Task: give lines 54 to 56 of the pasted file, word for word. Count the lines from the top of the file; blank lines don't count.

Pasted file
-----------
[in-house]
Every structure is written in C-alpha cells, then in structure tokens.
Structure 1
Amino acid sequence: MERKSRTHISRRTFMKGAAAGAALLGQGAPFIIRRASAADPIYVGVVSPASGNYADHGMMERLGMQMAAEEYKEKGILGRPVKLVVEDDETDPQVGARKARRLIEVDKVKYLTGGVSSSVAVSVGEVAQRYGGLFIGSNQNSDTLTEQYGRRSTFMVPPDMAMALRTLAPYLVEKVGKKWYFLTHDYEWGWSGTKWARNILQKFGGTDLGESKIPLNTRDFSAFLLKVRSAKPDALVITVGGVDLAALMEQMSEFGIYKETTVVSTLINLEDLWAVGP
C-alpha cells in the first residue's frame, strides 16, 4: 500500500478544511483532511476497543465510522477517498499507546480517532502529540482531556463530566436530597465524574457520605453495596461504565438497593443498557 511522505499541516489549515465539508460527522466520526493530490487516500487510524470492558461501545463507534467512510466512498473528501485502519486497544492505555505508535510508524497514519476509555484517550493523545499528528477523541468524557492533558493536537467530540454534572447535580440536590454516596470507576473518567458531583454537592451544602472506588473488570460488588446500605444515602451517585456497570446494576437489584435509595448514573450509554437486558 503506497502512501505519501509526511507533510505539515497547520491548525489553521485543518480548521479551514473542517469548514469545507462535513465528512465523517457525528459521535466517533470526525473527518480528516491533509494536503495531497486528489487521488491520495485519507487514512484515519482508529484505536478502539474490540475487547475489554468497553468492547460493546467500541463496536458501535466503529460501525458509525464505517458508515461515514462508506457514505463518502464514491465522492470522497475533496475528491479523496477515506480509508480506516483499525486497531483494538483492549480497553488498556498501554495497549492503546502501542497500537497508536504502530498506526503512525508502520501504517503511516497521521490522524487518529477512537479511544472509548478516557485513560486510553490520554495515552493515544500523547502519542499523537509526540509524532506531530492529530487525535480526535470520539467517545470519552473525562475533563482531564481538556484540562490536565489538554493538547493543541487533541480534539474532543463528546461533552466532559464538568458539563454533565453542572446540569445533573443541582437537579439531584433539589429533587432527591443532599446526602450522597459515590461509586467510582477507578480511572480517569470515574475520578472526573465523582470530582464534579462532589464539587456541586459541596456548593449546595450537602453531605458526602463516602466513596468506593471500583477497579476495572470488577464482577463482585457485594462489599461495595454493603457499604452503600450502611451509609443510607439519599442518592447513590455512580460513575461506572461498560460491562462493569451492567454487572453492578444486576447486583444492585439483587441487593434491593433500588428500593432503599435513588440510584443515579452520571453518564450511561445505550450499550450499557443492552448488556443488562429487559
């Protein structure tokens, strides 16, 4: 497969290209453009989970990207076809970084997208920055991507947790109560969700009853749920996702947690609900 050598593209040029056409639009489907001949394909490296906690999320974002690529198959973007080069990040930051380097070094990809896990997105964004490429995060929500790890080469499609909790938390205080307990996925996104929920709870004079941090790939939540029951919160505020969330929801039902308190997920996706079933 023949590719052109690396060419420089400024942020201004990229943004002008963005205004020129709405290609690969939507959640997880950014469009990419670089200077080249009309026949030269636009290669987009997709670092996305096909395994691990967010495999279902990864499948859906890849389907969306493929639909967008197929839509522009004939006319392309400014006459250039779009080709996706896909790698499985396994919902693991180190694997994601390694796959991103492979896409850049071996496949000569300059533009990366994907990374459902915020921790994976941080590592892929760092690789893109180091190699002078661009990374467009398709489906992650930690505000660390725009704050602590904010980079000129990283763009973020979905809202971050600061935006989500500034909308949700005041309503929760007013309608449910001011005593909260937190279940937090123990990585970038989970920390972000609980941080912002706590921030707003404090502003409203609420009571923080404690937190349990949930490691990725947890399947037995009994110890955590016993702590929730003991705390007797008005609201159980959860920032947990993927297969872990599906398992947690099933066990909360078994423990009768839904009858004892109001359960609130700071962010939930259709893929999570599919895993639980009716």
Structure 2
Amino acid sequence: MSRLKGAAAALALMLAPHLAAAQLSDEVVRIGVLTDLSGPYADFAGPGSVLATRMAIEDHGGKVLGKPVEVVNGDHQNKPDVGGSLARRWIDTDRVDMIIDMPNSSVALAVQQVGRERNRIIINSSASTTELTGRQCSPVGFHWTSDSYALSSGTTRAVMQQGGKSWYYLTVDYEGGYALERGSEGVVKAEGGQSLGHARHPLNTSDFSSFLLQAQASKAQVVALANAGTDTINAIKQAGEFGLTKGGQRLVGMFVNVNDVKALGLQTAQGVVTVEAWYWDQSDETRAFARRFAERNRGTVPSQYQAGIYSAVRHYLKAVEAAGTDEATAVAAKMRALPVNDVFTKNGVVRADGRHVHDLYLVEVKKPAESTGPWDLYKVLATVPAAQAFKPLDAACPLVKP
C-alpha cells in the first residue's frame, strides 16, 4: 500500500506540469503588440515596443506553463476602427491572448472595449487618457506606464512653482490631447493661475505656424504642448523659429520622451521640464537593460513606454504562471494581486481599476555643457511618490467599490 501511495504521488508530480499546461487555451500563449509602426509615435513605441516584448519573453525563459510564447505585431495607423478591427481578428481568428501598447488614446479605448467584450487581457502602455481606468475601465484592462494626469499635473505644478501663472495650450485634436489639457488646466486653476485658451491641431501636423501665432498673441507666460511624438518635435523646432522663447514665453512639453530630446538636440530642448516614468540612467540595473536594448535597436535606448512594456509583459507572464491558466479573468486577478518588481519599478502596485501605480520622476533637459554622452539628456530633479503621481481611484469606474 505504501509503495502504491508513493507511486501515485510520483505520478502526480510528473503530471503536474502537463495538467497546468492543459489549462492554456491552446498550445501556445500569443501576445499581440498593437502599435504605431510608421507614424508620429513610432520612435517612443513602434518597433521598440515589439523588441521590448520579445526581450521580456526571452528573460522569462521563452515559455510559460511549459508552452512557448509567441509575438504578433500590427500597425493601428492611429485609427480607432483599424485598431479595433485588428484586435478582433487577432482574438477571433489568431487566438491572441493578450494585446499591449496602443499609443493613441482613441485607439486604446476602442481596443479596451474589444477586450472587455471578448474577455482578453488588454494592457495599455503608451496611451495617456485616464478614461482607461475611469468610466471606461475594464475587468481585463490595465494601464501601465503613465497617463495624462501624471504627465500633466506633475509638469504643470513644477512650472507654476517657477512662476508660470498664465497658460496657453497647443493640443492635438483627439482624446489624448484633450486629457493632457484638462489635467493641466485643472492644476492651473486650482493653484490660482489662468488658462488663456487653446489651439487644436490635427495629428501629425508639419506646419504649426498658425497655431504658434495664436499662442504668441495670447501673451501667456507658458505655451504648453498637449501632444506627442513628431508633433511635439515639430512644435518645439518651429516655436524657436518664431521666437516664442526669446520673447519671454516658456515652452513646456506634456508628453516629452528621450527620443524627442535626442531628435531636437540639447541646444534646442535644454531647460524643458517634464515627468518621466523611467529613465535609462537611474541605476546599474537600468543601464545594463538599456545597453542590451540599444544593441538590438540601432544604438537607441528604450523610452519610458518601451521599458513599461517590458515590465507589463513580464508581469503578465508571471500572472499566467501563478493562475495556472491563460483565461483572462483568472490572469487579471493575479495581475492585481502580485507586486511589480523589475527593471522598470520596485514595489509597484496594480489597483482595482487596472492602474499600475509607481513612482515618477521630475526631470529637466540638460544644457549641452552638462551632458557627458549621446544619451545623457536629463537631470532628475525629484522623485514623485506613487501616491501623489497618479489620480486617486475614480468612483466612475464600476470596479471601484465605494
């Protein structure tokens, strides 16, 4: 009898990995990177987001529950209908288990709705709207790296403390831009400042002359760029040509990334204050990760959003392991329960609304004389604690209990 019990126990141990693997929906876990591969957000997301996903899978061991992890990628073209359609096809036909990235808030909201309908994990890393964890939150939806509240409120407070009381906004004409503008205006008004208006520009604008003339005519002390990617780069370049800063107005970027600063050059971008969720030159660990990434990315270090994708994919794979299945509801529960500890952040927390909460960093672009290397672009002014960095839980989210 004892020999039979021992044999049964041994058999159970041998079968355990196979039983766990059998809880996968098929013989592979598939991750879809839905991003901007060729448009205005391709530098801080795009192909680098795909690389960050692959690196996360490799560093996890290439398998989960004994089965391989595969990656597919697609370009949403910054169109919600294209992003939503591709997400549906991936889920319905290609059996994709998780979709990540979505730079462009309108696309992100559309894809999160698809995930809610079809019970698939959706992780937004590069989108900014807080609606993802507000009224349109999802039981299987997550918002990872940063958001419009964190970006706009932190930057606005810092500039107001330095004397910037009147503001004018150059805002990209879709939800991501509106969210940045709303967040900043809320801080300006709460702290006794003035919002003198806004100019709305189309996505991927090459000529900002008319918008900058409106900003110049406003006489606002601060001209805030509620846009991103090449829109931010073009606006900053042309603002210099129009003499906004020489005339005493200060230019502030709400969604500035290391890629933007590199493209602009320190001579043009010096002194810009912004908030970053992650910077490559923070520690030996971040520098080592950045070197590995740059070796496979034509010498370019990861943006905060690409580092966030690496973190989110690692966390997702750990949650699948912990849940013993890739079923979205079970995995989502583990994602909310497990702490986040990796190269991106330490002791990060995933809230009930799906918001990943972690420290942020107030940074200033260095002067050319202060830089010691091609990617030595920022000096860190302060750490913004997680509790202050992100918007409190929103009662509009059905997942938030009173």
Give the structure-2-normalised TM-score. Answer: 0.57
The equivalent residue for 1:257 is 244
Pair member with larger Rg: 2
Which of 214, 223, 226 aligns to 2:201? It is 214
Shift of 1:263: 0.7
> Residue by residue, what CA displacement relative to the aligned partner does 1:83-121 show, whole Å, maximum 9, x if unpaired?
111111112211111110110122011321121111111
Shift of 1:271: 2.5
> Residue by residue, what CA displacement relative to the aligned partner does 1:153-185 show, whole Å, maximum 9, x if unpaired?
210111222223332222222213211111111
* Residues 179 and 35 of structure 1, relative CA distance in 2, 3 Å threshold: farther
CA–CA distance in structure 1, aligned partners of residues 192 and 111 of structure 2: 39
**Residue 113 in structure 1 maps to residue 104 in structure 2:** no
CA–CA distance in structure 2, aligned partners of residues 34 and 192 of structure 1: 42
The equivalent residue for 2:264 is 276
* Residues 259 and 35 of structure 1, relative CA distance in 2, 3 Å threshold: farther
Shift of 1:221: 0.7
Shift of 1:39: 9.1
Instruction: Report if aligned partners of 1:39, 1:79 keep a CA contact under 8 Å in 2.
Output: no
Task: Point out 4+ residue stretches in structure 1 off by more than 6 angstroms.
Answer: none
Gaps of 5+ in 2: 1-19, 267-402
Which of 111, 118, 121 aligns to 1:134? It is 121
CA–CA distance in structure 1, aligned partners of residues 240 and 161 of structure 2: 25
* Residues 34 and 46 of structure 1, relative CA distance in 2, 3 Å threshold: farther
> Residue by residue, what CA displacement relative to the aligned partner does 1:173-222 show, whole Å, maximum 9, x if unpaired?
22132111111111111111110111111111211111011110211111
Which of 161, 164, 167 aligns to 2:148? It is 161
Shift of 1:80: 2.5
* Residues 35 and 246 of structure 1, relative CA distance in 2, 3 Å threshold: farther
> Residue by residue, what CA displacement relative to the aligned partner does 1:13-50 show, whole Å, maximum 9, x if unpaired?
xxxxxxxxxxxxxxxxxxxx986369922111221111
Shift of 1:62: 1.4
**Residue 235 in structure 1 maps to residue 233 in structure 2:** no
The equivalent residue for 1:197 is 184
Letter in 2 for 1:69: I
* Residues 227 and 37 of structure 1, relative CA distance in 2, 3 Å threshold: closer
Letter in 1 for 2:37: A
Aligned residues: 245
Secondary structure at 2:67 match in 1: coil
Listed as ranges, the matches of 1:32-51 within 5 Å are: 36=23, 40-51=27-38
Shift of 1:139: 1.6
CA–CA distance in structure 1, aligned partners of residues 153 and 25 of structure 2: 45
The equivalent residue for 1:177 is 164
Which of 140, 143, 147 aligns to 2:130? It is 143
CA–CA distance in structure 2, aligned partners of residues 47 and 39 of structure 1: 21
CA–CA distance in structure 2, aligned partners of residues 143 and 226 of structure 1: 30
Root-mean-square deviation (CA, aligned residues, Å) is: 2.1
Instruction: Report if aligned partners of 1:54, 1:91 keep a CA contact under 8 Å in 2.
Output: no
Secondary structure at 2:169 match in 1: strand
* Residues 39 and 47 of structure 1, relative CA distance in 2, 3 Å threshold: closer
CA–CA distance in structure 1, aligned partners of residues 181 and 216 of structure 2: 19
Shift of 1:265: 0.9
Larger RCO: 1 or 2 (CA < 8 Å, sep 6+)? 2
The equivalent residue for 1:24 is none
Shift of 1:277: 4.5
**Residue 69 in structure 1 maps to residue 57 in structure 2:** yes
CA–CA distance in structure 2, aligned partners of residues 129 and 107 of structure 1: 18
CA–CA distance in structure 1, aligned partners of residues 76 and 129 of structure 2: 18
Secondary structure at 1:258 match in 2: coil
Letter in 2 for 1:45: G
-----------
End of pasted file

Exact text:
CA–CA distance in structure 1, aligned partners of residues 153 and 25 of structure 2: 45
The equivalent residue for 1:177 is 164
Which of 140, 143, 147 aligns to 2:130? It is 143